We’ll leave the light on for you

Forty-one years, if necessary, and in the case of ex-Ku Klux Klan member Edgar Ray Killen, forty-one years to the day was what it took before a Mississippi jury decided to find him guilty of three counts of manslaughter for the deaths of civil rights workers Andrew Goodman, 20, Michael Schwerner, 24, and James Earl Chaney, 21, who disappeared on this day, in 1964.
There was some disappointment that the jury was unable to reach a verdict finding Killen guilty of murder, and while jurors questioned refused to characterize the verdict as a compromise, let’s get real: I heard reports this morning that the jurors were deadlocked six-six, with six favoring acquittal. Killen is now 80, and confined to a wheelchair. Manslaughter carries up to 20 years on each count, and the murder charge did not carry the death penalty. In short: the result is the same. Edgar Killen will almost certainly spend the rest of his life in prison (or at least, appealing a homicide conviction). The fact that an ex-Klansman can be convicted of the homicide of civil rights workers in Mississippi is itself a sign of some advancement in the universe (in federal trials in the 1960’s on conspiracy charges, the jury was unable to reach a verdict). Is it a sign of significant progress? Well…
American race relations are one of those minefields of discussion out there (like religion or politics, in general). What can we say? This essay, for example, discusses disparities in the human condition and perceptions thereof; the overwhelming majority of Whites believe that racism is no longer a problem in this country (including specific discussion of issues like educational opportunity, housing opportunity, treatment by law enforcement, etc.), while only a minority of African Americans feel that way… to this day.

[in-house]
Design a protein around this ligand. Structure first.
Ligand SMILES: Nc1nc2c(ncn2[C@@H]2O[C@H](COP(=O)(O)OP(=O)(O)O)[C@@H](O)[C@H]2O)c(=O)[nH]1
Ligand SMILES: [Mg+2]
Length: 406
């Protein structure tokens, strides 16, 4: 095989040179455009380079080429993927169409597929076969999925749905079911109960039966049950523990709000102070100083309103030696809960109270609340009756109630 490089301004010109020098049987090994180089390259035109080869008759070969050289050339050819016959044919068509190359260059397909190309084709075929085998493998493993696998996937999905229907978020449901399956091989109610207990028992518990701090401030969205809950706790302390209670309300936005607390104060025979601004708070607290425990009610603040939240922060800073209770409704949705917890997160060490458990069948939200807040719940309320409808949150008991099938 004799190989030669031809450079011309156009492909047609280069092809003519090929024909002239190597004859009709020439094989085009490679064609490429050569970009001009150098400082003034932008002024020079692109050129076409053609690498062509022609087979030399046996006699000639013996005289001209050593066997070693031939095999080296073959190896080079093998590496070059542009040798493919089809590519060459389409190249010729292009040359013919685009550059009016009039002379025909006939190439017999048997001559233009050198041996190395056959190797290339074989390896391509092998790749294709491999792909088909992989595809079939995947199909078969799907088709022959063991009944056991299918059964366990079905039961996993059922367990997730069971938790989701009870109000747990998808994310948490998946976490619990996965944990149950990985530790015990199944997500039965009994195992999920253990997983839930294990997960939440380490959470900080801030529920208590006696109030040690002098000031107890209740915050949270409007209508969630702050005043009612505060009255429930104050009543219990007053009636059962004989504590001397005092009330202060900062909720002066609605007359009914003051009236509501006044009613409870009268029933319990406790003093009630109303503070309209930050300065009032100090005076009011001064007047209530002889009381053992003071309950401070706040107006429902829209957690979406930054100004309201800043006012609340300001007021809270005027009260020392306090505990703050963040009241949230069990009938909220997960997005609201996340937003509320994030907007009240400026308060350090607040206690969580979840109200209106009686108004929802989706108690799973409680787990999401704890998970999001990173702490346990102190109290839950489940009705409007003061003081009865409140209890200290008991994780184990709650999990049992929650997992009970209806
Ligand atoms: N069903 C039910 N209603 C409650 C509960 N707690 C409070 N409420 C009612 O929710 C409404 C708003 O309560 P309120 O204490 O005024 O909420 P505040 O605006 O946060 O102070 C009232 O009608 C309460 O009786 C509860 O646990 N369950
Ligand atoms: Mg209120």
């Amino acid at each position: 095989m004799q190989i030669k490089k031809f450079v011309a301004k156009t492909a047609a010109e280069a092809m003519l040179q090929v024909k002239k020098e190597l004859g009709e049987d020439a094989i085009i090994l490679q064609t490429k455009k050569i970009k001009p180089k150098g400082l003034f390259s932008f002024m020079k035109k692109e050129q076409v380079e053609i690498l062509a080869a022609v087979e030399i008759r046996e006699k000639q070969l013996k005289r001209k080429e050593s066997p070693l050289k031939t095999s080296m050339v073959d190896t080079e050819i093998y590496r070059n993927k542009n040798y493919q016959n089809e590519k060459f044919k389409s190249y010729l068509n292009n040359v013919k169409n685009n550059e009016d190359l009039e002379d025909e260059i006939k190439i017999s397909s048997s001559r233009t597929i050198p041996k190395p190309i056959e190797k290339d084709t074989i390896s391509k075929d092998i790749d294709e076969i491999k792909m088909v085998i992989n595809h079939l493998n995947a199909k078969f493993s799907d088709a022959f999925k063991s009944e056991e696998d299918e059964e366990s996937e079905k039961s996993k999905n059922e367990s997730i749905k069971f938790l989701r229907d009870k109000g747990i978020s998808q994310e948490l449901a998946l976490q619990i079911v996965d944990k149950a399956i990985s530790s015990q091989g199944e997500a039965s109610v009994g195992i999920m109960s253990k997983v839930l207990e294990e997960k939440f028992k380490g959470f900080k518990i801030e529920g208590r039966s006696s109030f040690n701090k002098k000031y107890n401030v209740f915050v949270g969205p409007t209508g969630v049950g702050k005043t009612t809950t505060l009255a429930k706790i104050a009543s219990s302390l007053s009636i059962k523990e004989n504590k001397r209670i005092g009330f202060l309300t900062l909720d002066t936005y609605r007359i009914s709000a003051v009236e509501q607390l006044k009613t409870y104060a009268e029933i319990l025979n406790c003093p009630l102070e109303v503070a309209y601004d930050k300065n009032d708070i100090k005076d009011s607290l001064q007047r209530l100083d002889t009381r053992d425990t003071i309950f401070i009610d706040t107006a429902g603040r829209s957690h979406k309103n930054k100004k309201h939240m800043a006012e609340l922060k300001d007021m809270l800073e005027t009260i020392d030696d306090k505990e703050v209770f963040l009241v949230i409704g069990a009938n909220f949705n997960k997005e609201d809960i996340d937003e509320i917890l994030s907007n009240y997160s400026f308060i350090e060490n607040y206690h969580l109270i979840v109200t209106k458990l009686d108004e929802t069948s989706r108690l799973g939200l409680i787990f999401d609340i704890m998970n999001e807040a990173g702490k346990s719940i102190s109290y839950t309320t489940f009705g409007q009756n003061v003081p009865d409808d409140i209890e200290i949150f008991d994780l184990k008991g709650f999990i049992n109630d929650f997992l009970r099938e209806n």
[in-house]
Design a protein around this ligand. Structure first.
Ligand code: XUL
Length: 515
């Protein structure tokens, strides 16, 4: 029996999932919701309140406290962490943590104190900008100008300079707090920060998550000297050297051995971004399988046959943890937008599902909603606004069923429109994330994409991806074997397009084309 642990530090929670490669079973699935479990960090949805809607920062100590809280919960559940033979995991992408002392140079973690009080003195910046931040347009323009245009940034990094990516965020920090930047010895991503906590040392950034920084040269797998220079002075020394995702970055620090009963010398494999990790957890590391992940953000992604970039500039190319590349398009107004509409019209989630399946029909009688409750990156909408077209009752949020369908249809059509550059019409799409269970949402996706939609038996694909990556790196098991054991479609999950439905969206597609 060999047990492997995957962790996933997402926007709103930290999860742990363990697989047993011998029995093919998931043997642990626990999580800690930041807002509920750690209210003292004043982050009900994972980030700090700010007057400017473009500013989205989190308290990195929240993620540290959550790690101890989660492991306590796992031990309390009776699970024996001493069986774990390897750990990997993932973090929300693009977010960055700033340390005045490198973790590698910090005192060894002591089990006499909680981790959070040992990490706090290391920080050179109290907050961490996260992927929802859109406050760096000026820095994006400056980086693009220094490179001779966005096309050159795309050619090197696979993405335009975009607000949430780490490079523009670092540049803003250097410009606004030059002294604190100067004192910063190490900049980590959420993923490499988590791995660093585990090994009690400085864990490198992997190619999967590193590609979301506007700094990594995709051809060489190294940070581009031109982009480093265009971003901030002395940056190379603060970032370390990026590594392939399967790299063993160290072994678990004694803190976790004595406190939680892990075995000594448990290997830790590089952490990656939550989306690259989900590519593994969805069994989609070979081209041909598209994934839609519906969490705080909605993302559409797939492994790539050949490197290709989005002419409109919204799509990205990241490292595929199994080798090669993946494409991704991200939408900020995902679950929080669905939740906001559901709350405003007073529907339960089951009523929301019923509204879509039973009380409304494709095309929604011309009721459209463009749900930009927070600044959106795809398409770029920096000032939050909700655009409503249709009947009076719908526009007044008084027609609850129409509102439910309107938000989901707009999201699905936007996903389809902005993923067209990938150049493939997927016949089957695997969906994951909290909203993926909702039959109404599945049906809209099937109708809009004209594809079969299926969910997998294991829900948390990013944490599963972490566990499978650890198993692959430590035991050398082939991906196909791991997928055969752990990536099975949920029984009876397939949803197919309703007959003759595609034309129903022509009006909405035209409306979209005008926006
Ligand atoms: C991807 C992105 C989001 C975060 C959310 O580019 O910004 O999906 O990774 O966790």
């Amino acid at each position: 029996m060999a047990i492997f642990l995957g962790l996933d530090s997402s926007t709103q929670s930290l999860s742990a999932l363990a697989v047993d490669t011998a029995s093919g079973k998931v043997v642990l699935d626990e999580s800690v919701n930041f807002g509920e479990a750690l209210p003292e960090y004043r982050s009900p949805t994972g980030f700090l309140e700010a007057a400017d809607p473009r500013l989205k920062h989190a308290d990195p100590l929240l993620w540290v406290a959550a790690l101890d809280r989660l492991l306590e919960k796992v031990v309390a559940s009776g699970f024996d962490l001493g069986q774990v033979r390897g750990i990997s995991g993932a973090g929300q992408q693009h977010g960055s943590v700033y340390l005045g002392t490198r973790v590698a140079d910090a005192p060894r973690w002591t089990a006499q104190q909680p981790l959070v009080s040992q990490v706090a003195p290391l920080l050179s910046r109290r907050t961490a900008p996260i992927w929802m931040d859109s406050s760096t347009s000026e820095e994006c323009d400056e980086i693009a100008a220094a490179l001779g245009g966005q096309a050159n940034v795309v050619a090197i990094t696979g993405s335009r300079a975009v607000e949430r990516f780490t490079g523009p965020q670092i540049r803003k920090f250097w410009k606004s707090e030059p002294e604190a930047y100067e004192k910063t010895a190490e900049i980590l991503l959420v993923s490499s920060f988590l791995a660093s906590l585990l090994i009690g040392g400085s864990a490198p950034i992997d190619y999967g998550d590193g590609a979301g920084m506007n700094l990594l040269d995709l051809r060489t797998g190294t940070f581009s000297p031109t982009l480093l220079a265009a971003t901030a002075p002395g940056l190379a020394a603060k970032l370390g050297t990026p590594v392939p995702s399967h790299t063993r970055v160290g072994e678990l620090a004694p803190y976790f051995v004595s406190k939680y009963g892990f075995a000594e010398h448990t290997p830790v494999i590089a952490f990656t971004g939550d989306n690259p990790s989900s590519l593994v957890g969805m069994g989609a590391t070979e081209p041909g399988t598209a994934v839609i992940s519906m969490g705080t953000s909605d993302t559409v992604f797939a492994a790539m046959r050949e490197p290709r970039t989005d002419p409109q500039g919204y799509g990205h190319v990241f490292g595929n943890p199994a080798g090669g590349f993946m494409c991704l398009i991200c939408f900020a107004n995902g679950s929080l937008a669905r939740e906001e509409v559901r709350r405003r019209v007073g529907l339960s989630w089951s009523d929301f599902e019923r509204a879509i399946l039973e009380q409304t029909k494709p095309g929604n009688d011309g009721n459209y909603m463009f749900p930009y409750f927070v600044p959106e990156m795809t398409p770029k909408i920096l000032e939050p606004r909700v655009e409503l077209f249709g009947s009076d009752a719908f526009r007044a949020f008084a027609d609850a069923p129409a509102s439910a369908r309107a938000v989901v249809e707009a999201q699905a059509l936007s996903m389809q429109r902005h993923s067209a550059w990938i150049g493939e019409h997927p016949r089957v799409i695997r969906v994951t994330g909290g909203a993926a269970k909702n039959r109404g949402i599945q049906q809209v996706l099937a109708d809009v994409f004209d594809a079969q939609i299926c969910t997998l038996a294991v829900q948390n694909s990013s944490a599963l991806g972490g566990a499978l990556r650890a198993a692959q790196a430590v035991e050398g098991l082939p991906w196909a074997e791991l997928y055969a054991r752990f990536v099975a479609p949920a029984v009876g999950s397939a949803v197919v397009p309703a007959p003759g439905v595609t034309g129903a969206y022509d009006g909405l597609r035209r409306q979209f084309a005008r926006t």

Obviously, the issue is hopelessly politicized. We get some people who would probably never have even been permitted to attend law school but for the legacy of the Civil Rights Act and policies such as affirmative action, let alone find themselves on federal courts (yes, Justice Thomas and Judge Brown, I mean you) but who now feel it necessary to demonstrate that somehow they and they alone achieved everything in their lives by lifting themselves by their own bootstraps, of course, and believe that the continued existence of affirmative action will dilute their own “achievements” and hence, must be stopped. We have “civil rights leaders” like Jesse Jackson, who makes his living by being a racial shakedown specialist, or Al Sharpton, a demagogue who dabbles in politics and has helped assure defeat of Democratic candidates in everything from Mayor of New York to President of the United States. And we have the civil rights laws themselves, which, it should come as no surprise to anyone, are as subject to abuse in the hands of private litigants as any and every other law available to private litigants.
Alas, the troubling stats persist: the average African American earns well below
what the average White earns, even for the same job
, and we won’t talk about education, housing, or the fact that recent trends were showing that nearly half of Black males will spend a portion of their lives incarcerated or in juvenile detention at some point…
Forget good old “racial profiling” for this last one: some (well, I) argue that drug laws are, in essence, a means of state reimposition of involuntary servitude on a racial basis. Given that this ends up being their effect (let’s acknowledge that a Black male with, for example, the President’s reputed history of substance abuse would have unquestionably been incarcerated for some period of their life), one wonders how this could not have been the intent of such (asinine) laws (well, I do anyway). (Yes, this does mean I stand for the decriminalization of all currently illicit drugs– not making them generally available, mind you, just subject to the same controls as prescription narcotics, and not subject to outrageously draconian mandatory minimum sentences for abuse. But I digress…)
Anyway, despite what lots of White folks think, we have an awful lot of work to do in American race relations. I’m not going to say today was “a good start”: it’s, quite frankly, 41 years overdue, but there is no question that justice is better late than never. Maybe we can ponder the question of why so many African Americans (in particular) still believe racism is a serious problem, and maybe not be so damned dismissive of the question… Maybe Andrew Goodman, Michael Schwerner, and James Earl Chaney will not have given their lives in the service of some half-measure and incomplete project after all… overt Jim Crow laws replaced by more subtle, yet similarly effective and troubling means… I’d sure like to hope so…